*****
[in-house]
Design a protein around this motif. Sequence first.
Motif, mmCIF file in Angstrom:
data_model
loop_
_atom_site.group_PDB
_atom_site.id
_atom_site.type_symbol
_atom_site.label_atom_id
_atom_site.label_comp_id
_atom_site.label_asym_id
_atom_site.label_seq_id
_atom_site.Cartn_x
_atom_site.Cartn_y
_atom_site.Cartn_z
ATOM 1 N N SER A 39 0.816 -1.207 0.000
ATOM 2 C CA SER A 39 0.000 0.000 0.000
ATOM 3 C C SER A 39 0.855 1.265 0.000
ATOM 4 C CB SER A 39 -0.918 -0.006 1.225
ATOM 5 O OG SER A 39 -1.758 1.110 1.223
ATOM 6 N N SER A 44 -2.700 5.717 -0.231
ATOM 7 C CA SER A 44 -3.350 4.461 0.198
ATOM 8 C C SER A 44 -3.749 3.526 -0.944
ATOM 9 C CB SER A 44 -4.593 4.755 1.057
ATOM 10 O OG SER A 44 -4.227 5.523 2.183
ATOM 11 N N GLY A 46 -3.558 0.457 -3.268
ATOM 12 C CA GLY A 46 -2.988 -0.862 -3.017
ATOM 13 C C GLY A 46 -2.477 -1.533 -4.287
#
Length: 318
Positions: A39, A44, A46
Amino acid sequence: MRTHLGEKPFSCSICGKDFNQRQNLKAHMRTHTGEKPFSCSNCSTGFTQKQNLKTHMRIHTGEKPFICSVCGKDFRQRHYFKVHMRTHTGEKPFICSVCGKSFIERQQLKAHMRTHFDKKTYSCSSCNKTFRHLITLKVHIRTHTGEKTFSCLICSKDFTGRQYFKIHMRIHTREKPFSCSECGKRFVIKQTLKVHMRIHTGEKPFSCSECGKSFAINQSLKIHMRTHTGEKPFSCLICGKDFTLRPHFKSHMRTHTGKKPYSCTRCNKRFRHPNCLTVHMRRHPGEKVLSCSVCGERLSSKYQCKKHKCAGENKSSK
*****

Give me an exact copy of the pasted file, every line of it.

[in-house]
Design a protein around this motif. Sequence first.
Motif, mmCIF file in Angstrom:
data_model
loop_
_atom_site.group_PDB
_atom_site.id
_atom_site.type_symbol
_atom_site.label_atom_id
_atom_site.label_comp_id
_atom_site.label_asym_id
_atom_site.label_seq_id
_atom_site.Cartn_x
_atom_site.Cartn_y
_atom_site.Cartn_z
ATOM 1 N N SER A 39 0.816 -1.207 0.000
ATOM 2 C CA SER A 39 0.000 0.000 0.000
ATOM 3 C C SER A 39 0.855 1.265 0.000
ATOM 4 C CB SER A 39 -0.918 -0.006 1.225
ATOM 5 O OG SER A 39 -1.758 1.110 1.223
ATOM 6 N N SER A 44 -2.700 5.717 -0.231
ATOM 7 C CA SER A 44 -3.350 4.461 0.198
ATOM 8 C C SER A 44 -3.749 3.526 -0.944
ATOM 9 C CB SER A 44 -4.593 4.755 1.057
ATOM 10 O OG SER A 44 -4.227 5.523 2.183
ATOM 11 N N GLY A 46 -3.558 0.457 -3.268
ATOM 12 C CA GLY A 46 -2.988 -0.862 -3.017
ATOM 13 C C GLY A 46 -2.477 -1.533 -4.287
#
Length: 318
Positions: A39, A44, A46
Amino acid sequence: MRTHLGEKPFSCSICGKDFNQRQNLKAHMRTHTGEKPFSCSNCSTGFTQKQNLKTHMRIHTGEKPFICSVCGKDFRQRHYFKVHMRTHTGEKPFICSVCGKSFIERQQLKAHMRTHFDKKTYSCSSCNKTFRHLITLKVHIRTHTGEKTFSCLICSKDFTGRQYFKIHMRIHTREKPFSCSECGKRFVIKQTLKVHMRIHTGEKPFSCSECGKSFAINQSLKIHMRTHTGEKPFSCLICGKDFTLRPHFKSHMRTHTGKKPYSCTRCNKRFRHPNCLTVHMRRHPGEKVLSCSVCGERLSSKYQCKKHKCAGENKSSK